Footwork is ESSENTIAL when you dance!
If you’re not moving your feet, then you’re not utilizing your whole body to create a complete movement!
Keone, Bam, and Lyle can show you just how effective footwork can be – ON ITS OWN:
So how do we train our feet and legs to take our freestyle and choreography to the next level?
Or even just to move ‘em naturally so we don’t look so stiff?!
We’ve got 7 training tips that you should start doing today to take you from footwork.. to foot-werrrrk.
Let’s start with the basics – stabilizing your balance.
To do this, feel how your weight is distributed through each move.
For example, if you have to lift your left foot up, then most of your weight should be on your right foot.
Maintain a sturdy base the next time you dance and you’ll notice how much more controlled your bottom half is!
Play around with different positions, whether it’s on one foot or both, so you get comfortable with where your weight is and how to shift between them.
See Related Article: Want To Dance With More Control? Read THIS.
When we asked Carlo Darang for tips for his fast-moving pieces, here’s what he had to share.
"Always try to be light-footed and ready to move from one part of the floor to another!
If you dance on your toes and heels and not set everything your entire foot, then it’s kind of like jump-roping – you’ll be ready to jump from one place to another.
This skill is like a triple-threat for basketball players, or even your ready stance for football players… for us dancers, it’s the same thing, same idea – be in a position where it’s easy for you to go anywhere."
So when you’re dancing, don’t always be flat footed! Being on the balls of your feet will help you spring and rebound off the floor much more easily.
Watch him in action in his STEEZY Studio class!
Thanks for the tips, Carlo!
See Related Article: How To Execute Choreography Better By Utilizing Your Body With Carlo Darang
Footwork doesn’t just involve your FEET.
You can utilize your LEGS to can take your body to different levels and make your changes look more drastic.
Bend your knees to dip it low (cue Christina Milian~) and releve to reach up high.
The more burn you feel in your thighs and calves, the more dynamic your dancing is. Just kidding.
But do incorporate high and low levels to jazz up your dancing!
I’m one of those people that groan when the choreographer says “there’s a little bit of floorwork..”
But once I do it, I realize how awesome it is.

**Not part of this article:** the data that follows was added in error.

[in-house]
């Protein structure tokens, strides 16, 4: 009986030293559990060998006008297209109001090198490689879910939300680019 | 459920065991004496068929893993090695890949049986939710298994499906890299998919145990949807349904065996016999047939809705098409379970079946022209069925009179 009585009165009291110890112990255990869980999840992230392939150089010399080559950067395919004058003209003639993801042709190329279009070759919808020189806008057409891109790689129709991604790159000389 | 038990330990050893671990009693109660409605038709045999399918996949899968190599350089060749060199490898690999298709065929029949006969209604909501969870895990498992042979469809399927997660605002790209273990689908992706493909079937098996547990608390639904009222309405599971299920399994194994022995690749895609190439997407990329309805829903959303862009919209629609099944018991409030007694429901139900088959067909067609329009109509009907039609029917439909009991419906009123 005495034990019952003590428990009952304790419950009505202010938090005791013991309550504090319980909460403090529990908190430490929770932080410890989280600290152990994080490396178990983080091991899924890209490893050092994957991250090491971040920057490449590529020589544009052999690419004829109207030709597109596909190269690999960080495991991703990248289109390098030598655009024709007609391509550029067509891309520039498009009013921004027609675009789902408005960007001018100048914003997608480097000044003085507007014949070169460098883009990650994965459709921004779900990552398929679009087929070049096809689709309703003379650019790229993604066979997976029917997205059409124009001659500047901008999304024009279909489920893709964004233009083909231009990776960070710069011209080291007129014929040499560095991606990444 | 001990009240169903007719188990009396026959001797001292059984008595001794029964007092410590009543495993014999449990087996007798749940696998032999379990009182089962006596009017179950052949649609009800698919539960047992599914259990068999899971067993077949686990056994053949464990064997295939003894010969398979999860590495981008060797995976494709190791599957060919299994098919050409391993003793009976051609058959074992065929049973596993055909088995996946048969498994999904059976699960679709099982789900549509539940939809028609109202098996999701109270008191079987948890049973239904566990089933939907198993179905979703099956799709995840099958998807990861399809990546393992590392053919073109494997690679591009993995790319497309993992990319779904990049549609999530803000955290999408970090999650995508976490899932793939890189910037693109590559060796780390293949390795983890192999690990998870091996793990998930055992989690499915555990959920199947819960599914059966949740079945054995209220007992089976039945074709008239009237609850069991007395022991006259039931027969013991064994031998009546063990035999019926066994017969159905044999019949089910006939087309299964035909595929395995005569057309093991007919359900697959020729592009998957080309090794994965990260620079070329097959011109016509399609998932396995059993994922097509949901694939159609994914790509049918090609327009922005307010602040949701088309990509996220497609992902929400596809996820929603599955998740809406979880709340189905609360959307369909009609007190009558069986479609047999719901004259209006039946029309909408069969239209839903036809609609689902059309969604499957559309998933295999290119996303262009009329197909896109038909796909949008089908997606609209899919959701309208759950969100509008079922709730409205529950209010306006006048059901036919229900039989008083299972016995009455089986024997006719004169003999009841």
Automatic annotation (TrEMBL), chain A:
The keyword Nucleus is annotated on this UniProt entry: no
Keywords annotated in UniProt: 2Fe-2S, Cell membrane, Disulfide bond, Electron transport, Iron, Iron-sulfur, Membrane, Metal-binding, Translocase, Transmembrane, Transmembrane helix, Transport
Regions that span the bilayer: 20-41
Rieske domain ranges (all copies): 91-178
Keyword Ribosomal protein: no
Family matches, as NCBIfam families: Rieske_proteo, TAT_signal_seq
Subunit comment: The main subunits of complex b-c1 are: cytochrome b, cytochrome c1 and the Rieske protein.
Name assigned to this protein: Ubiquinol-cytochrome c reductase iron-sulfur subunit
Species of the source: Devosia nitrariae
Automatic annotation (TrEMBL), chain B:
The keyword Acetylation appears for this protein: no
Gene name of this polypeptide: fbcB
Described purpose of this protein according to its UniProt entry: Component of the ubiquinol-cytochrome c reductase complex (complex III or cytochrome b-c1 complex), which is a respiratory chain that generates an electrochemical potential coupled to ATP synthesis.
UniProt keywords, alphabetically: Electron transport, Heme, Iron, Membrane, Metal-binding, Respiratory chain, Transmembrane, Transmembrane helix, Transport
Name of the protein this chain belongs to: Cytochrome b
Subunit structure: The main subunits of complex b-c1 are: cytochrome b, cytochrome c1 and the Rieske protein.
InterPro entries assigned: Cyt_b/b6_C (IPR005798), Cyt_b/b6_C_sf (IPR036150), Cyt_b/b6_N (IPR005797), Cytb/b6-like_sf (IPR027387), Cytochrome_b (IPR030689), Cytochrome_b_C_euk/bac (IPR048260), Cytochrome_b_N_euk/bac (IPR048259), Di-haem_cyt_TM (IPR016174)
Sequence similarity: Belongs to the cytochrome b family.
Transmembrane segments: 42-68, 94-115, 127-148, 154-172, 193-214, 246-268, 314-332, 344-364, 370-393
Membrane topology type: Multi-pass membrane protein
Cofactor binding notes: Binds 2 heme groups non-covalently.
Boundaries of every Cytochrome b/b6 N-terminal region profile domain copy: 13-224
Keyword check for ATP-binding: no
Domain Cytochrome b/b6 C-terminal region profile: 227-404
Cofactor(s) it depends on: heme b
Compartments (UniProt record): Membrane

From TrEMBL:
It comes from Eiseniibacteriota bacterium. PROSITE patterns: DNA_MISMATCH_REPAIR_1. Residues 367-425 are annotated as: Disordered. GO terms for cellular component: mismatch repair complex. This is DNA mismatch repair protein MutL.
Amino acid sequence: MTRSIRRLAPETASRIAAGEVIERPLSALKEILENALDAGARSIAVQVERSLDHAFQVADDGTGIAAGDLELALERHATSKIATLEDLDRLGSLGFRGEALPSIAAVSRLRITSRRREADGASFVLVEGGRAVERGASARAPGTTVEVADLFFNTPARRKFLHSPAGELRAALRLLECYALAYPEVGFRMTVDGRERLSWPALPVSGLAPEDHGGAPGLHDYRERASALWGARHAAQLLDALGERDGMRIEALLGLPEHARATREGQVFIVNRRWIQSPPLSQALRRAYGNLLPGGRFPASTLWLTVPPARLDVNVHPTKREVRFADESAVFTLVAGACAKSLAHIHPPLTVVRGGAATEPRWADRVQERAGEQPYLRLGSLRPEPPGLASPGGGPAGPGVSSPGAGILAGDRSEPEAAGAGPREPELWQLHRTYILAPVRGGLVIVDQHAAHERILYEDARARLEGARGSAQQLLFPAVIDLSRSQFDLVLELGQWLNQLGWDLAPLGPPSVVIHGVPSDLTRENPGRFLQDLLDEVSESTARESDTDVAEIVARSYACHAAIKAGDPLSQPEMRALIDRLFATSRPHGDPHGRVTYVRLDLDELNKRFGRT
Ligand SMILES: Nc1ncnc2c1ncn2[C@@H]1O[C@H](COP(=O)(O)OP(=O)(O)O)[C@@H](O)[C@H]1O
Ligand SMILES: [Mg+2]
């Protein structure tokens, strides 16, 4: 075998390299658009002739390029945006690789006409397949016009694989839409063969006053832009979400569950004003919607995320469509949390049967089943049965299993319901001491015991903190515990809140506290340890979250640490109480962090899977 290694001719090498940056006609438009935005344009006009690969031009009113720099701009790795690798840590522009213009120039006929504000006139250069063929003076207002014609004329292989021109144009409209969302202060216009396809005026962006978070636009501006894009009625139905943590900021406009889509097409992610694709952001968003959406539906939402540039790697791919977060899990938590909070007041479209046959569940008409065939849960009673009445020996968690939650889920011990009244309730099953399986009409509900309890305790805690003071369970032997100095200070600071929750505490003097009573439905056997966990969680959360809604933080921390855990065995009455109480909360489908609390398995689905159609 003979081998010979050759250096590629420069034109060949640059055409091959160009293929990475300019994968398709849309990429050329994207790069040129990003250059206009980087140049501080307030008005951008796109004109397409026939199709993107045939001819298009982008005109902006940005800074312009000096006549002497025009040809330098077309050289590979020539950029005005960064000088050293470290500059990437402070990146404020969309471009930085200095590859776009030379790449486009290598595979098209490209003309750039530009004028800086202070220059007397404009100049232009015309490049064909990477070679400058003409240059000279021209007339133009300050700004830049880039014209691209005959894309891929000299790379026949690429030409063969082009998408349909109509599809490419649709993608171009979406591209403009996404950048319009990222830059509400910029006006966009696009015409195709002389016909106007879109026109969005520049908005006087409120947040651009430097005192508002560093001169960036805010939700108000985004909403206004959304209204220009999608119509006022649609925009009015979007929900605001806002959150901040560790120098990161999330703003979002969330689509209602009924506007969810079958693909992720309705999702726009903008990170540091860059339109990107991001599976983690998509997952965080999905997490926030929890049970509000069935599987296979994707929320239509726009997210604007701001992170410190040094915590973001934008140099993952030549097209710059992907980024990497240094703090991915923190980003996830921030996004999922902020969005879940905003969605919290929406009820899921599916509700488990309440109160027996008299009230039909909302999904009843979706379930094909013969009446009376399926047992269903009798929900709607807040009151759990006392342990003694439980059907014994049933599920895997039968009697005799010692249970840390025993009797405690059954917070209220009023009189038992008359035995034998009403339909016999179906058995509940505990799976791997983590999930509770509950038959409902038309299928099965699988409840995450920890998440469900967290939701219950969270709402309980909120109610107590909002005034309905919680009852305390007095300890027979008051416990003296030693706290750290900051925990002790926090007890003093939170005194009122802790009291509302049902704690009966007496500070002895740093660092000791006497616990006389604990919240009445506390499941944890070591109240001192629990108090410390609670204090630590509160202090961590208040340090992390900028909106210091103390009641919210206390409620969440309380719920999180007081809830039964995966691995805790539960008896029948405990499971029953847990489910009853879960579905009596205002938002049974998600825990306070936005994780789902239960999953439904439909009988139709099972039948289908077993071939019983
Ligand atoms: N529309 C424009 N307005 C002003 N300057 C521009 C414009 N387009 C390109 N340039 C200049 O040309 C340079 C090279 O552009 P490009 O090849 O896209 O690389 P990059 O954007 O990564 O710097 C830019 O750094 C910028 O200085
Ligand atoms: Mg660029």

For starters, it trains your athleticism by taking your body out of its comfort zone of being upright.
Second, it makes the piece look so much more dynamic because that whole level change to get to the floor is a chance to do something cool.
And lastly, working with the floor opens up a whole new door for creative choreography concepts!
You can use your hands to trace things on the floor, lay down flat and do some synchronized-swimming-esque leg movements, swivel around on your knees.
It’s like having a dance partner to work off of – except your partner is flat and unmoving.
For inspiration, check out how Chris Martin plays with the floor in his STEEZY Studio piece:
Using your legs means that you can MOOOOVE.
Like literally. Move across the floor.
Get out of your box and use steps to travel! It’ll add another dimension to your dancing and bring the audience along with you for the ride.
When you’re choreographing, try challenging yourself for a segment to come up with a way to dance from point A to point B maybe 10 feet away.
When you freestyle and feel yourself repeating the same steps you can utilize those same steps but change them in direction to travel!
Drill steps that you find in footwork-heavy styles like House and B-boying.
A big key here is repetition.
If you do the loose leg or 6-step a zillion times, then your feet are going to become conditioned to move in those combinations without you even trying.
This will also allow you to be more creative with variations of those steps!
So when you encounter a tricky step or piece of footwork, don’t just get through it but master it so you’ll be ready for next time.
A sloppy turn can totally ruin the flow of a piece. You don’t want to clumsily jump out of a turn!
Here are some tips to make your turns clean:
Engage your core musclesImagine a line from the ceiling to your head, to your toes, to the floor.
You want to stay in that alignment as you visualize your turn – Plie for leverage, Spot!
TURN UP your piece or freestyle with some clean ass turns!
Same as any other step, turns just take a lot of repetition to master.
See Related Article: The Class You Need To Unlock Your Dancer Potential
Ready to get those feet moving? Comment below with something that helps you with your footwork!
Happy (feet) learning!